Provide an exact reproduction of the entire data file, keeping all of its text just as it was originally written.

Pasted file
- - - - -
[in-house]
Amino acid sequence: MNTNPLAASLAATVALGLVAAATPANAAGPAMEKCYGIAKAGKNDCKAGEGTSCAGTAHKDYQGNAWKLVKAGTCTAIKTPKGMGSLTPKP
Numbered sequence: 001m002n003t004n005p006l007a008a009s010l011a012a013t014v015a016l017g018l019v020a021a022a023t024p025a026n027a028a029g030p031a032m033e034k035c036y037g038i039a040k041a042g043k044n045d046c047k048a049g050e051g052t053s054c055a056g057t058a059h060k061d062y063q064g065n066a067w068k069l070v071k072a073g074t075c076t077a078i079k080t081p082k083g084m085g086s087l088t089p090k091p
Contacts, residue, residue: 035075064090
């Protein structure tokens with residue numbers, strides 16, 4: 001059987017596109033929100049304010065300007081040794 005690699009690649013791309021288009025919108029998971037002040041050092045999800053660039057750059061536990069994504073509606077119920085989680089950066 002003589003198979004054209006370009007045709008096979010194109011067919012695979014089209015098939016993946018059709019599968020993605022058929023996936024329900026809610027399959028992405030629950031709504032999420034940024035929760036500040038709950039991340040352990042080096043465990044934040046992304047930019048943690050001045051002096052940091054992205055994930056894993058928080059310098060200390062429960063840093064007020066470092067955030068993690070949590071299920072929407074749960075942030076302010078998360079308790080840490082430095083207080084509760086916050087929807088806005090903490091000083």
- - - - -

[in-house]
Amino acid sequence: MNTNPLAASLAATVALGLVAAATPANAAGPAMEKCYGIAKAGKNDCKAGEGTSCAGTAHKDYQGNAWKLVKAGTCTAIKTPKGMGSLTPKP
Numbered sequence: 001m002n003t004n005p006l007a008a009s010l011a012a013t014v015a016l017g018l019v020a021a022a023t024p025a026n027a028a029g030p031a032m033e034k035c036y037g038i039a040k041a042g043k044n045d046c047k048a049g050e051g052t053s054c055a056g057t058a059h060k061d062y063q064g065n066a067w068k069l070v071k072a073g074t075c076t077a078i079k080t081p082k083g084m085g086s087l088t089p090k091p
Contacts, residue, residue: 035075064090
């Protein structure tokens with residue numbers, strides 16, 4: 001059987017596109033929100049304010065300007081040794 005690699009690649013791309021288009025919108029998971037002040041050092045999800053660039057750059061536990069994504073509606077119920085989680089950066 002003589003198979004054209006370009007045709008096979010194109011067919012695979014089209015098939016993946018059709019599968020993605022058929023996936024329900026809610027399959028992405030629950031709504032999420034940024035929760036500040038709950039991340040352990042080096043465990044934040046992304047930019048943690050001045051002096052940091054992205055994930056894993058928080059310098060200390062429960063840093064007020066470092067955030068993690070949590071299920072929407074749960075942030076302010078998360079308790080840490082430095083207080084509760086916050087929807088806005090903490091000083």